|By Michael Welles Shapiro, The Island
Packet, Hilton Head Island, S.C.McClatchy-Tribune Regional News
January 22, 2009 --The owners of the struggling Daufuskie Island Resort & Breathe Spa filed for bankruptcy Tuesday, leaving uncertain the fate of one of the island's largest employers and a list of more than 400 creditors.
The filing follows layoffs of more than 100 resort employees at the end of last year.
"The resort is a huge contributor to our economy," said Cathy Tillman, who writes the Front Porch, a Daufuskie newsletter. "But we have been through this before, and we weathered it," she said, referring to 2002 when the resort's previous owner was forced to sell because of bad economic conditions.
In a news release, an official at Daufuskie Island Properties LLC, which owns the resort, said the tumbling stock market and a lawsuit brought by a group of resort members led to the company filing for Chapter 11 bankruptcy. The company plans to try to reorganize and sell off parts of its business. It has not ruled out selling the entire resort, according to the release.
"Like so many others, we, too, have had to respond and react to the extreme fluctuations and confusion in the markets. We have had to lay off more employees than usual in our winter season, long-time employees that we care about, and that has been a difficult and emotional process," said Tim Foley, asset manager for Daufuskie Island Properties, which is owned by Gayle and Bill Dixon of San Francisco.
The filing shows that revenue at the resort dropped sharply from $27.5 million in 2007 to $17.3 million last year. The company lists $88.2 million in liabilities and $97.1 million in assets in the filing.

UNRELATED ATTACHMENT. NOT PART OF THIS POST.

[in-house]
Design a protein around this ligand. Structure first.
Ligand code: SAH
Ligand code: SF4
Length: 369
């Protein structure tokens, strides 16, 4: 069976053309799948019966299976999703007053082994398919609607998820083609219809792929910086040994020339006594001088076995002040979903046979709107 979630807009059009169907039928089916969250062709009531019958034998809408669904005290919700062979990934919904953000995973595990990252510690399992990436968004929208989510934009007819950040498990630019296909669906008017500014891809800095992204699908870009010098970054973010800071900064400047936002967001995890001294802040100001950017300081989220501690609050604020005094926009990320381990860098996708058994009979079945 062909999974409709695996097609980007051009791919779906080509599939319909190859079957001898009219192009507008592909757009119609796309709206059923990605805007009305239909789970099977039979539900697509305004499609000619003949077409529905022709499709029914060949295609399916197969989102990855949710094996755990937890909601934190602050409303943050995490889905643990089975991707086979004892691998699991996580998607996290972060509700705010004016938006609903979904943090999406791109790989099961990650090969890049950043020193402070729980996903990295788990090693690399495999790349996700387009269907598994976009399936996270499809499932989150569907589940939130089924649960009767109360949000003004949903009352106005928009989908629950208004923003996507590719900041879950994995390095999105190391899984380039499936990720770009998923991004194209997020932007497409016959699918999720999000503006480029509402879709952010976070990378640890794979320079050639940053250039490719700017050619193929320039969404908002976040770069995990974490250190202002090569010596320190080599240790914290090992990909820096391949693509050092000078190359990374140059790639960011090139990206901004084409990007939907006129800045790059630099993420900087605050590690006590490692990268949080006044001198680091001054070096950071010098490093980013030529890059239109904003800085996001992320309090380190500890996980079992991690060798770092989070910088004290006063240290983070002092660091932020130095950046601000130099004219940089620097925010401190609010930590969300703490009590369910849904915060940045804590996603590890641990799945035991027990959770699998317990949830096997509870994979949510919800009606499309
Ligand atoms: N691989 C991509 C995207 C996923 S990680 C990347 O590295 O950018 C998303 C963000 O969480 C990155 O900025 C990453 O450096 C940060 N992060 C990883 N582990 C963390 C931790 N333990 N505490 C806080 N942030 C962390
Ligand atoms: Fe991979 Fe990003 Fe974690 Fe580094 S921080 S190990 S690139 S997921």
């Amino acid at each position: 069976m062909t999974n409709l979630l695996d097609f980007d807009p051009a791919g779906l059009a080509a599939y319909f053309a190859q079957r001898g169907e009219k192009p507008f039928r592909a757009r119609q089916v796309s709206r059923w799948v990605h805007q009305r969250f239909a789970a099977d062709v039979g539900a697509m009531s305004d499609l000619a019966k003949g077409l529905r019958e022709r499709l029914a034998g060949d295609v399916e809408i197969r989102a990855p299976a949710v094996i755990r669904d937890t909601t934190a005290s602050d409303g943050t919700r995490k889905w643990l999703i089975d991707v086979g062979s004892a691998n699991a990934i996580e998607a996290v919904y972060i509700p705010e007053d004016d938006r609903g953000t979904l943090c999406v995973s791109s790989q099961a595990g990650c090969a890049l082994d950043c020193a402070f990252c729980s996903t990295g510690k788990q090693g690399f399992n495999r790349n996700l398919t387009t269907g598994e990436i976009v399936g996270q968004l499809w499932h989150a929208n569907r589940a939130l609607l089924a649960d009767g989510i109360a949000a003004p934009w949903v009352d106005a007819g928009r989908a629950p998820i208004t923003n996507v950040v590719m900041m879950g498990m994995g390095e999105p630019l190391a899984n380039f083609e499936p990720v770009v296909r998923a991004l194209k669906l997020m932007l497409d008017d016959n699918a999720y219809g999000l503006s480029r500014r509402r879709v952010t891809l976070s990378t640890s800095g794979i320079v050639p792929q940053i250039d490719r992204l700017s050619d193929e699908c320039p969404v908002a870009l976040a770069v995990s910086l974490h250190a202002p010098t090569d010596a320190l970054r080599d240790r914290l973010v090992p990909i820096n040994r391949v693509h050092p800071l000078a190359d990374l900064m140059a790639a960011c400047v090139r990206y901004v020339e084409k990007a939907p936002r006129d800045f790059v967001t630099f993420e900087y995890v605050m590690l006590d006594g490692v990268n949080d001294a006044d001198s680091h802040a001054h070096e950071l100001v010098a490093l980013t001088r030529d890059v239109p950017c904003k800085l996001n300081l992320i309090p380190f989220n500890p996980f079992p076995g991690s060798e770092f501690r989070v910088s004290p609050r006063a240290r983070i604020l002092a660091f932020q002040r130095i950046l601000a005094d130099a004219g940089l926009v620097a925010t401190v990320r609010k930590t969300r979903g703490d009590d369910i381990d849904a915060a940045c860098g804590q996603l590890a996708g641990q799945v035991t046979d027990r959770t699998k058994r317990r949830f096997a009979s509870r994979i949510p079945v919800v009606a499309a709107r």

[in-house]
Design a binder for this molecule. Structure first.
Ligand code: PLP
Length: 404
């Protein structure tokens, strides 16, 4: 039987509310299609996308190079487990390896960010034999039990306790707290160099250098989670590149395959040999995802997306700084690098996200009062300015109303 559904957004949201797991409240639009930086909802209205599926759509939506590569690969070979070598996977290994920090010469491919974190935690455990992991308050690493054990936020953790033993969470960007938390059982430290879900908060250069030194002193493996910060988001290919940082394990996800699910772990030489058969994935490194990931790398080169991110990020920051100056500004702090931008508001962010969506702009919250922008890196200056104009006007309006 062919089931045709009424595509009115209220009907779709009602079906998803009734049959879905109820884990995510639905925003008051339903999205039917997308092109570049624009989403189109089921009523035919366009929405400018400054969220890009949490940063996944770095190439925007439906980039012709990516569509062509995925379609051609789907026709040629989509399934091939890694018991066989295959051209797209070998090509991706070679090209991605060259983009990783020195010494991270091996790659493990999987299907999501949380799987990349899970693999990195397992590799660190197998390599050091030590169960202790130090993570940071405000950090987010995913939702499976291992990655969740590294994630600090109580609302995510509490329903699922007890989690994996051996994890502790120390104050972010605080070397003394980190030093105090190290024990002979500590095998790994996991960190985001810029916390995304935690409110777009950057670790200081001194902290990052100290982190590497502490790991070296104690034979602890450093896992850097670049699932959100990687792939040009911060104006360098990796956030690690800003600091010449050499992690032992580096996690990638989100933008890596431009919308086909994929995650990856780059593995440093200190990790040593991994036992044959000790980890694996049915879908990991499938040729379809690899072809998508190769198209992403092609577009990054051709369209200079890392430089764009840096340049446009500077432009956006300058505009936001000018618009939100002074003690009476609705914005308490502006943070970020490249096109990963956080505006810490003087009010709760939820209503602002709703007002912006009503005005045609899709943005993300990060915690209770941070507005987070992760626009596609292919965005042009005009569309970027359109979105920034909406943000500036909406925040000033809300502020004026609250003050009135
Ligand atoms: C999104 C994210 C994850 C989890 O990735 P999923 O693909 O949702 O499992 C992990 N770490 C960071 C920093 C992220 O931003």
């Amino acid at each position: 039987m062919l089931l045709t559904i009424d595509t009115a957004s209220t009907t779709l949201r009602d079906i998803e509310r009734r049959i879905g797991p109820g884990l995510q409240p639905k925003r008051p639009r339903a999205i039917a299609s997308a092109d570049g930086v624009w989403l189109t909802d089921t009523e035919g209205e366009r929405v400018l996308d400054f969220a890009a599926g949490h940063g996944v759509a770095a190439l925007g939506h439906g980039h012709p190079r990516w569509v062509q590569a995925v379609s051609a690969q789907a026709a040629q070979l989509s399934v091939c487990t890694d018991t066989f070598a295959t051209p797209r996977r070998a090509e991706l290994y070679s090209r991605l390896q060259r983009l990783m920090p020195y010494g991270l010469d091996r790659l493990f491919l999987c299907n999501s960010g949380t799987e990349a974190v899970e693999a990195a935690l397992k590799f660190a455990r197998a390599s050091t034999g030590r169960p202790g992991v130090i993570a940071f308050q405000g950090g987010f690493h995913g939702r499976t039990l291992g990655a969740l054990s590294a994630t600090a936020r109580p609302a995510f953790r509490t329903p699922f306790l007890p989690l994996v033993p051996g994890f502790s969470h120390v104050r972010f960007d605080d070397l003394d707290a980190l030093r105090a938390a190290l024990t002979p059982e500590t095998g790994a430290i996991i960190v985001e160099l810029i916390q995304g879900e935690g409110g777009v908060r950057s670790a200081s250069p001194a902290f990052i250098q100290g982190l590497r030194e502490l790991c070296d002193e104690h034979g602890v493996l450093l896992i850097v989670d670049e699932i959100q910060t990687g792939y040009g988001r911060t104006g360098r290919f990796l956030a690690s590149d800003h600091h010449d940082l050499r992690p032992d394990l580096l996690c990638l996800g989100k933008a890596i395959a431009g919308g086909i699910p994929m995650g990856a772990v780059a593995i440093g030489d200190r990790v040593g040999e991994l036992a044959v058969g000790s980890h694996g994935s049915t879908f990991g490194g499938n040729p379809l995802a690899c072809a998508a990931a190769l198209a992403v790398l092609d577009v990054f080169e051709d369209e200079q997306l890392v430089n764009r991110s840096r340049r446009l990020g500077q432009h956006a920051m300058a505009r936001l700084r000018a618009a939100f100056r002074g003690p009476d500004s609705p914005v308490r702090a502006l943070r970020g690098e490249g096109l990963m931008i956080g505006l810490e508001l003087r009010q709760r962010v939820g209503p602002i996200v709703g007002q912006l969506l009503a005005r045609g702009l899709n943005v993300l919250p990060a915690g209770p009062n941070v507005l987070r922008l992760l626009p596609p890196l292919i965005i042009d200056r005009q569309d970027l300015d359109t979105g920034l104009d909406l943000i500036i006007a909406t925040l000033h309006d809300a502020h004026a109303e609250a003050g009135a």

But Foley was optimistic that bankruptcy would allow the company to reorganize and to stay in business.
"We look to this as an opportunity to regroup and reset our strategy for the future success of our Daufuskie Island assets and to open our 2009 season in March as planned," Foley said.
Foley said in a phone interview Wednesday that bankruptcy proceedings also will allow the company to resolve the resort members' lawsuit faster.
The Dixons have said the suit, which prevents them from selling off assets, stands in the way of the resort's profitability.
Arguing that the sales are needed to turn the resort around, Gayle Dixon wrote on her Web site that the resort couldn't continue under its traditional management structure, where diverse pieces of the resort, including two golf courses, tennis courts, several restaurants, the Melrose Inn, and an equestrian center, were run by a single company.
"I have 23 years of data... that shows annual operating losses in the millions of dollars," she wrote. The Melrose Co. built the resort in 1980s, and the resort has changed hands numerous times, most recently when it was purchased by the Dixons in 2002.
Alexander Beard, an attorney for the resort members, has said they want a seat at the table during any sale discussions to ensure their privileges at the resort are not curtailed. Beard told The (Charleston) Post and Courier he could not comment about whether the litigation was a factor in the company's decision to seek bankruptcy protection.
Foley said a speedy resolution to the suit is best for both parties.
Russ Brown, chairman and CEO of RBC Enterprises, which develops and sells real estate for the resort company, said the sale of a major resort asset could allow the company to pay off its creditors.
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Copyright (c) 2009, The Island Packet, Hilton Head Island, S.C.
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